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PROTHROMBIN G20210A ABSTRACTS: Co-inheritance of the 20210A allele of the prothrombin gene increases the risk of thrombosis in subjects with familial thrombophilia.

Makris M, Preston FE, Beauchamp NJ, Cooper PC, Daly ME, Hampton KK, Bayliss P, Peake IR, Miller GJ University of Sheffield, Royal Hallamshire Hospital, Department of Medicine and Pharmacology, UK. [Thromb Haemost 1997 Dec;78(6):1426-9]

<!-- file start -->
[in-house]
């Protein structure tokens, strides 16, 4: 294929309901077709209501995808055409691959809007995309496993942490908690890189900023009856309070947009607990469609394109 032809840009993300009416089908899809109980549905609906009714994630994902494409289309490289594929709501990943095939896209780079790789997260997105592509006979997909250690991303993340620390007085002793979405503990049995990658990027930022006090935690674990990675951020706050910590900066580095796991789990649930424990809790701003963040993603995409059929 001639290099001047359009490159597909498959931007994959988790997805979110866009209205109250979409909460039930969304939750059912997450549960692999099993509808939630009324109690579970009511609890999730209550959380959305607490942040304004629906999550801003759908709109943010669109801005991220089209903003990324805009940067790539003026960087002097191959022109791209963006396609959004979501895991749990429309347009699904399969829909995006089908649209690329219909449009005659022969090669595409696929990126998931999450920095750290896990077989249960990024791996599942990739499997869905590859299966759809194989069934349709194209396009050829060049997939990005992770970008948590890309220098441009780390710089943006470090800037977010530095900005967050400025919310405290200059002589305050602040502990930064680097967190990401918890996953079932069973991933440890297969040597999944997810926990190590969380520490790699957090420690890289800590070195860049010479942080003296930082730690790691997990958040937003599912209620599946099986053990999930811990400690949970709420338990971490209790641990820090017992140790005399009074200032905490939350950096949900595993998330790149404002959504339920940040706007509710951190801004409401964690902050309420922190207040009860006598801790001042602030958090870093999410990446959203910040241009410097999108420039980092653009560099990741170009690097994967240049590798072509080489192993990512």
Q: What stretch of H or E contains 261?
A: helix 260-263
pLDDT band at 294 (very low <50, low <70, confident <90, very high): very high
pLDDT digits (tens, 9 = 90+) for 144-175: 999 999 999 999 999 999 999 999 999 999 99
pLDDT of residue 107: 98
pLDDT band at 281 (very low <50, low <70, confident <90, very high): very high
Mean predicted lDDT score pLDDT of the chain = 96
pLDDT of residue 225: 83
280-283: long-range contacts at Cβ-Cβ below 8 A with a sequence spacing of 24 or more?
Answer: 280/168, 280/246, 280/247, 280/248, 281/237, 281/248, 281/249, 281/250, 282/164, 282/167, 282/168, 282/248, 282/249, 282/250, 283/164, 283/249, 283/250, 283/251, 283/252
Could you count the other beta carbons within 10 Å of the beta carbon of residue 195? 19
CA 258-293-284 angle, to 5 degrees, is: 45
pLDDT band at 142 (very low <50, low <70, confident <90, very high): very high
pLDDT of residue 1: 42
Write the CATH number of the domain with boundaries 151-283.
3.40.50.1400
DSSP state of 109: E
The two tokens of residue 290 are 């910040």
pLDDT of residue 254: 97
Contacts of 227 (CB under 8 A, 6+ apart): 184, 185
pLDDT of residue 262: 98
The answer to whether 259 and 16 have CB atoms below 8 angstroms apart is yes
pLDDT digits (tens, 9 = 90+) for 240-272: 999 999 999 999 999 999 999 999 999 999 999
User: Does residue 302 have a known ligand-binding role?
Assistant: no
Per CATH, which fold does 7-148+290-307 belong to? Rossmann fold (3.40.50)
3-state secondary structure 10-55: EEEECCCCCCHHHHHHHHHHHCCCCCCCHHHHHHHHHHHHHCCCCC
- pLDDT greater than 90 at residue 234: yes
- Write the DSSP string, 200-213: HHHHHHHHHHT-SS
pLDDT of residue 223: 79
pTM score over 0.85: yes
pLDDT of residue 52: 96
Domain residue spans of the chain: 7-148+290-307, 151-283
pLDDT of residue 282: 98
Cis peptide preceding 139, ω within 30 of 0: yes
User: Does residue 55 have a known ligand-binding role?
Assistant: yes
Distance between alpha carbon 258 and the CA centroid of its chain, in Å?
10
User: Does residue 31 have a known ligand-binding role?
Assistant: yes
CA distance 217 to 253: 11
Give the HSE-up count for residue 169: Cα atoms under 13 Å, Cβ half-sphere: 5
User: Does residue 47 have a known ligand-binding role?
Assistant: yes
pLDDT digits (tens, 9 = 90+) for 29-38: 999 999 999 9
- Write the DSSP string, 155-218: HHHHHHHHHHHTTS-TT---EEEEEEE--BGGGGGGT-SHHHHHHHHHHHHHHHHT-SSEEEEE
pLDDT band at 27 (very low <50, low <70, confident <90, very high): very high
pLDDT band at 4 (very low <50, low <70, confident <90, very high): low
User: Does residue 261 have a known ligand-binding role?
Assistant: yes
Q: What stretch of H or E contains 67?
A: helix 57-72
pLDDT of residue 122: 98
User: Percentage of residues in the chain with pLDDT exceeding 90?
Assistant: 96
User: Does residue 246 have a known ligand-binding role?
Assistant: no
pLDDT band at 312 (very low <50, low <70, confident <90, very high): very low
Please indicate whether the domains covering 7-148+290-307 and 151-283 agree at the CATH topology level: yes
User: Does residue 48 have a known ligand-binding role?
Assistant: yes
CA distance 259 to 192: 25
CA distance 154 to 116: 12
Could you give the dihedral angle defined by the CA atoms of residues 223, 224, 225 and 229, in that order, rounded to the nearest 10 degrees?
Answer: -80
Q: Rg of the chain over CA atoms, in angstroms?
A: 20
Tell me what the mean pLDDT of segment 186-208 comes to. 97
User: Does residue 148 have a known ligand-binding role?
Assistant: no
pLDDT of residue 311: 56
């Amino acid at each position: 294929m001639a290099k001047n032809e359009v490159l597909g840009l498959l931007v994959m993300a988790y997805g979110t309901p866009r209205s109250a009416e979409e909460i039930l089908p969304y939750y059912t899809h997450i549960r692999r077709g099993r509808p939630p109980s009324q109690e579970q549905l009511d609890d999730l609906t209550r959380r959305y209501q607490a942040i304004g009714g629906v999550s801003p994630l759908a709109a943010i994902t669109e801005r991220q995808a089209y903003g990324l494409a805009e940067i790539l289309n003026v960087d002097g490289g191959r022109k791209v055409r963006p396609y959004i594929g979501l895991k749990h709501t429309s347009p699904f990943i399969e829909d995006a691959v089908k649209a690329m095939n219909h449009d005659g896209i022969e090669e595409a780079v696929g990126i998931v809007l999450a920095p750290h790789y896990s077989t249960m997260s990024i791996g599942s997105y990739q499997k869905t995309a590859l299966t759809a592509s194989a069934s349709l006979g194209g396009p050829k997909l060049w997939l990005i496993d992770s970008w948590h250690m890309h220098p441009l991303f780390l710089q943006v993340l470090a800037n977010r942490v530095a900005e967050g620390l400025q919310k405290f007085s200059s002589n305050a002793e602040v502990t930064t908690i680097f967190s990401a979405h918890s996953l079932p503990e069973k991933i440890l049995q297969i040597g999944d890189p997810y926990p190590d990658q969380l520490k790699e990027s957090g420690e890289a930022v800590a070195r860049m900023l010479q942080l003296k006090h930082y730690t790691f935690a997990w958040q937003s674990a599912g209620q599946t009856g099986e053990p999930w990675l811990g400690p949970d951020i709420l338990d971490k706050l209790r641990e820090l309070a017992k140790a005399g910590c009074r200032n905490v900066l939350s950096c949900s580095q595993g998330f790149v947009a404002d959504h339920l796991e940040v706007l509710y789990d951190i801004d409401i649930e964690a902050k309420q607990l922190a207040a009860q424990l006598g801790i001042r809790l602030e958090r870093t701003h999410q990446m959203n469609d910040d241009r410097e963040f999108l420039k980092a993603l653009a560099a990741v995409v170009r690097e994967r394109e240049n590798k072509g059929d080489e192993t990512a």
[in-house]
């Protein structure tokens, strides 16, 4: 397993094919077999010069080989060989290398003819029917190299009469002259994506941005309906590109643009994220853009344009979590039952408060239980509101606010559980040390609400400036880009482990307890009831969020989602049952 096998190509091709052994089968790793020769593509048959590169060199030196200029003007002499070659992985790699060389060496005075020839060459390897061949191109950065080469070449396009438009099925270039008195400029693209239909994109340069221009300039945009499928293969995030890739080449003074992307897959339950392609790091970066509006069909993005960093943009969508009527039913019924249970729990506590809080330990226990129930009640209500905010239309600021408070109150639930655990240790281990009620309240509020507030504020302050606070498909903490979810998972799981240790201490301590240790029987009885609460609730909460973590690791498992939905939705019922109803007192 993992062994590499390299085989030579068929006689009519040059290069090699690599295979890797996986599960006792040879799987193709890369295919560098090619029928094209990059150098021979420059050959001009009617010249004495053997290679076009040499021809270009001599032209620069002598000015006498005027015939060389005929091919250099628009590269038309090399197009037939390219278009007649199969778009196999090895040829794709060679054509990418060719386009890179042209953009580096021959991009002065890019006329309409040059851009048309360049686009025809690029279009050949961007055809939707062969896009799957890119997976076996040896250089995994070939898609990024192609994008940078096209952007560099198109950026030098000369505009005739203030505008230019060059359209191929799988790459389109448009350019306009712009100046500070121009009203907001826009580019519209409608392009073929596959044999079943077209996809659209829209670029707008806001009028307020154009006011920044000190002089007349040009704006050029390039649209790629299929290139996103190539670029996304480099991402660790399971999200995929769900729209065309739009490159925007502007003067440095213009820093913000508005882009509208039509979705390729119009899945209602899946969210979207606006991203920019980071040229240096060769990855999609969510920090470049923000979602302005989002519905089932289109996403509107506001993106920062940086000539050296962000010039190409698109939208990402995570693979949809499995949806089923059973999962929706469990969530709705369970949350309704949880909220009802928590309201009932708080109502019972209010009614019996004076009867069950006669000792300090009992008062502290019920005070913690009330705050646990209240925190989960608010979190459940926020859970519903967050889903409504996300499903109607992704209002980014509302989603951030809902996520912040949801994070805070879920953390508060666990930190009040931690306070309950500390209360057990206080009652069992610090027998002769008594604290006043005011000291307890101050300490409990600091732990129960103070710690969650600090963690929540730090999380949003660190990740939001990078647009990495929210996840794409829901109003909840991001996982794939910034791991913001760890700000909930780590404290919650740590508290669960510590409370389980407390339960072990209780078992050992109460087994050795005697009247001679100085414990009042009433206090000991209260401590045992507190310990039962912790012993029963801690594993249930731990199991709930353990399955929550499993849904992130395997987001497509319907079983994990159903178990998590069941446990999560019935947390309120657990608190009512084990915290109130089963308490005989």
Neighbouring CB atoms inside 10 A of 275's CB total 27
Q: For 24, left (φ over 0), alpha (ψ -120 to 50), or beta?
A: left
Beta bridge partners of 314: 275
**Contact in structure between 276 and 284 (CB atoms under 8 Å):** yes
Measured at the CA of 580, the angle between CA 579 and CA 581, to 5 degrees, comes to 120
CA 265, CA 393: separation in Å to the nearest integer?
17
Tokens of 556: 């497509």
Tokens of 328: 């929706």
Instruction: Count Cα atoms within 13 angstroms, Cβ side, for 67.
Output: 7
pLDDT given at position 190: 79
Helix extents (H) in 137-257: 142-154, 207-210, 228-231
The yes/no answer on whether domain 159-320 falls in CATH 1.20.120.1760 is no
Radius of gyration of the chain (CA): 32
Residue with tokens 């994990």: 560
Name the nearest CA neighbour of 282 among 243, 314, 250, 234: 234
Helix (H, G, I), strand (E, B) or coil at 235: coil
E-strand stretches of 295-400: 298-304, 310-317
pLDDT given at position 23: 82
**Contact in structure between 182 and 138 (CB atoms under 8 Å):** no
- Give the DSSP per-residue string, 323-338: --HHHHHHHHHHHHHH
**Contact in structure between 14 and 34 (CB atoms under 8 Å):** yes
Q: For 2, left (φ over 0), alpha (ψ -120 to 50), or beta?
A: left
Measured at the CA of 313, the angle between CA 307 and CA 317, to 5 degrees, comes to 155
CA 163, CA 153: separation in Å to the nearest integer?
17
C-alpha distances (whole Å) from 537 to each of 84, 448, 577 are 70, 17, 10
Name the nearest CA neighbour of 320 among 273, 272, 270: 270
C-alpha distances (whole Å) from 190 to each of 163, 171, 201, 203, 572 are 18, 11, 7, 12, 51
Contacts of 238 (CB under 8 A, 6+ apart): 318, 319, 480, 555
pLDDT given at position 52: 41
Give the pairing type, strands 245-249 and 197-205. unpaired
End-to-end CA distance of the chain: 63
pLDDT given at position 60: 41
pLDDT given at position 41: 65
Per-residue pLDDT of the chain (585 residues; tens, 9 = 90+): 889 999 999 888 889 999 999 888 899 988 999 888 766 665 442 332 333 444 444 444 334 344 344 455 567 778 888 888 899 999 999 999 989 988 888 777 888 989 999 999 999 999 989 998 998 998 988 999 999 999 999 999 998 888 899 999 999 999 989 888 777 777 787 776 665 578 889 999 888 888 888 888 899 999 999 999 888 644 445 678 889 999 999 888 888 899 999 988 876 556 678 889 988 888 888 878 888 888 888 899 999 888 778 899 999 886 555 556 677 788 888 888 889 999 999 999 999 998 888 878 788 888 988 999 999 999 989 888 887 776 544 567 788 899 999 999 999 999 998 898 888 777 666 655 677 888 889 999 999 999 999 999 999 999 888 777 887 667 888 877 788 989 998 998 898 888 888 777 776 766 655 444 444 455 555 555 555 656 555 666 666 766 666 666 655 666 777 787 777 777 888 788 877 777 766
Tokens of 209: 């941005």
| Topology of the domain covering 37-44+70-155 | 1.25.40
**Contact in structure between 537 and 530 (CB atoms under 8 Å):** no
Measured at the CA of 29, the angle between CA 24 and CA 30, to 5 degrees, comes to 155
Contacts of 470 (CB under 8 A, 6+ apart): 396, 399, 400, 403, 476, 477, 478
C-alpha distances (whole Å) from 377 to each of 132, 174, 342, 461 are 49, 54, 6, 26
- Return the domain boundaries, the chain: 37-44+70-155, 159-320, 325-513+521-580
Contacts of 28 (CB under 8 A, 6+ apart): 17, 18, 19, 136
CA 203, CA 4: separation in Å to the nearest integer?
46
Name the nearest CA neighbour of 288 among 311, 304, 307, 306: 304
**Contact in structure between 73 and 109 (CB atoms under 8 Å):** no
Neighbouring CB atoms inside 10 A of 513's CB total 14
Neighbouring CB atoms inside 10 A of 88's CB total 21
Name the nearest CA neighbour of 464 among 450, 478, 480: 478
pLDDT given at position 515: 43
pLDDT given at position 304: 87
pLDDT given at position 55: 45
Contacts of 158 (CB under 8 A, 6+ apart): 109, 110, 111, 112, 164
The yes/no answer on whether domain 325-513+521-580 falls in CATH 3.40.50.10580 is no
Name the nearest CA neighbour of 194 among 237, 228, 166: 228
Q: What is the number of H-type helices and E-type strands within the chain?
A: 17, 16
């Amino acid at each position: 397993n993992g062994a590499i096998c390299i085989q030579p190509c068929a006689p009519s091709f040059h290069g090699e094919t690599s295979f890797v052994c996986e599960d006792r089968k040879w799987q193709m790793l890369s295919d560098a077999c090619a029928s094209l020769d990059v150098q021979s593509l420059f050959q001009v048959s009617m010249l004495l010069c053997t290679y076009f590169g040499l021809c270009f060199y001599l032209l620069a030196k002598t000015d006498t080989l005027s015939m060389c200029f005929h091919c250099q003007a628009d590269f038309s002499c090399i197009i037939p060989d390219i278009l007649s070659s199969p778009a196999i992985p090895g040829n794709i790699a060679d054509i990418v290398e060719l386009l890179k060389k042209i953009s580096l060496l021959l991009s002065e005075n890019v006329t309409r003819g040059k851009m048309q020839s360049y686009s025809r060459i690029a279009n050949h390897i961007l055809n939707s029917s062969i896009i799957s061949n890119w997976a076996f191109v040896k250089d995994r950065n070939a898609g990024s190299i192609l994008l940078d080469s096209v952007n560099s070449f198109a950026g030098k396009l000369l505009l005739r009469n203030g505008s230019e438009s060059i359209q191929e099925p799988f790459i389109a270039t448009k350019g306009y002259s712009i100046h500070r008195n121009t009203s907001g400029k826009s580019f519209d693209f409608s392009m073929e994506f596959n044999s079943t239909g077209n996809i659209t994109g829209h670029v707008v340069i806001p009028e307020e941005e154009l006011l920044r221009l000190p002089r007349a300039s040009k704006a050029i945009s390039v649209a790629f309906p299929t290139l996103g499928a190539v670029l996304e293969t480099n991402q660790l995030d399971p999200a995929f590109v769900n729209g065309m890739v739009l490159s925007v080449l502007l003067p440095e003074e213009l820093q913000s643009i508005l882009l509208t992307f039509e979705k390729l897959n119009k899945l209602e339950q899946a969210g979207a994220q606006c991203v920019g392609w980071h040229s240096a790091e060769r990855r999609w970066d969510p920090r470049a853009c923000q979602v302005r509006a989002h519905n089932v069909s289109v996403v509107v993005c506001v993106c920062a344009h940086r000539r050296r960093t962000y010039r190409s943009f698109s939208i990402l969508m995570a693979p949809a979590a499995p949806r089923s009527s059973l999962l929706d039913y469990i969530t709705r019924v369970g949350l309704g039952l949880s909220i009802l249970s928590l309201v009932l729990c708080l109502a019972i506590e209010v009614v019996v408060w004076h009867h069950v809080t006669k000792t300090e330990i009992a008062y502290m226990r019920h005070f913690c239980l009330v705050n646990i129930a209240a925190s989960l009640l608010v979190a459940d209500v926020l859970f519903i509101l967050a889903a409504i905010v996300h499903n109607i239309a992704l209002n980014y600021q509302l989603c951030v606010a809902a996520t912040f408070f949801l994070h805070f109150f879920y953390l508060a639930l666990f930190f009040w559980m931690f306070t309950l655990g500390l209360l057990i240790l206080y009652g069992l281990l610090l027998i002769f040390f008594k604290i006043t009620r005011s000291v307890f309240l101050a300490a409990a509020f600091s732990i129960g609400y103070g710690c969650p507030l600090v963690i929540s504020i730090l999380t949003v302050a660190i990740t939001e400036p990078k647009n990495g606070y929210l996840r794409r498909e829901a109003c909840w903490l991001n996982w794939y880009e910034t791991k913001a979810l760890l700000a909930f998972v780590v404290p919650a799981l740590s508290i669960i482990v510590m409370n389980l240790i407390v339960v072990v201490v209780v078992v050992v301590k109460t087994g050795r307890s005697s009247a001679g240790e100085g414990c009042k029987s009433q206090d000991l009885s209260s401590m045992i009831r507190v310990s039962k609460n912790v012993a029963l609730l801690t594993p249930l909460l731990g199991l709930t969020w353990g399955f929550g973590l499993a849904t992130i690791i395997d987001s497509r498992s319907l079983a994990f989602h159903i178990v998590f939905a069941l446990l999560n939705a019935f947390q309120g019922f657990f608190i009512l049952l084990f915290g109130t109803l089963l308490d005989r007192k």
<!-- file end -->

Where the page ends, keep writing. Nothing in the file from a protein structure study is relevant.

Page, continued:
The presence of the 20210A allele of the prothrombin (PT) gene has recently been shown to be a risk factor for venous thromboembolism. This is probably mediated through increased plasma prothrombin levels. The aim of this study was to compare the prevalence of the prothrombin 20210A allele in control subjects and in subjects with recognised thrombophilia and to establish whether the additional inheritance of the PT 20210A allele is associated with an increased risk of venous thromboembolism. 101 subjects with a history of venous thromboembolism and diagnosed as having either factor V Leiden (R506Q) or heritable deficiencies of protein C, protein S or antithrombin were studied. The prevalence of the PT 20210A allele in this group was compared with the results obtained for 150 control subjects. In addition, the relationships were examined between genetic status and the number of documented thromboembolic episodes, and between plasma prothrombin levels and possession of the PT 20210A allele. 8 (7.9%) of the 101 patients were also heterozygous for the PT 20210A allele. This compares with 0.7% in the control subjects (p = 0.005). After exclusion of patients on warfarin, the mean plasma prothrombin of 113 subjects without 20210A was 1.09 U/ml, as compared with 1.32 U/ml in 8 with the allele (p = 0.0002). Among the 101 patients with either factor V Leiden, protein S deficiency, protein C deficiency or antithrombin deficiency, the age adjusted mean (SD) number of venous thromboembolic episodes at diagnosis was 3.7 (1.5) in those with the PT 20210A allele, as compared with 1.9 (1.1) in those without (p = 0.0001). We have demonstrated that the prevalence of the PT 20210A allele is significantly greater in subjects with venous thrombosis and characterised heritable thrombophilia than in normal control subjects and that the additional inheritance of PT 20210A is associated with an increased risk of venous thromboembolism. We have also confirmed that plasma prothrombin levels are significantly greater in subjects possessing the PT 20210A compared with those who do not.

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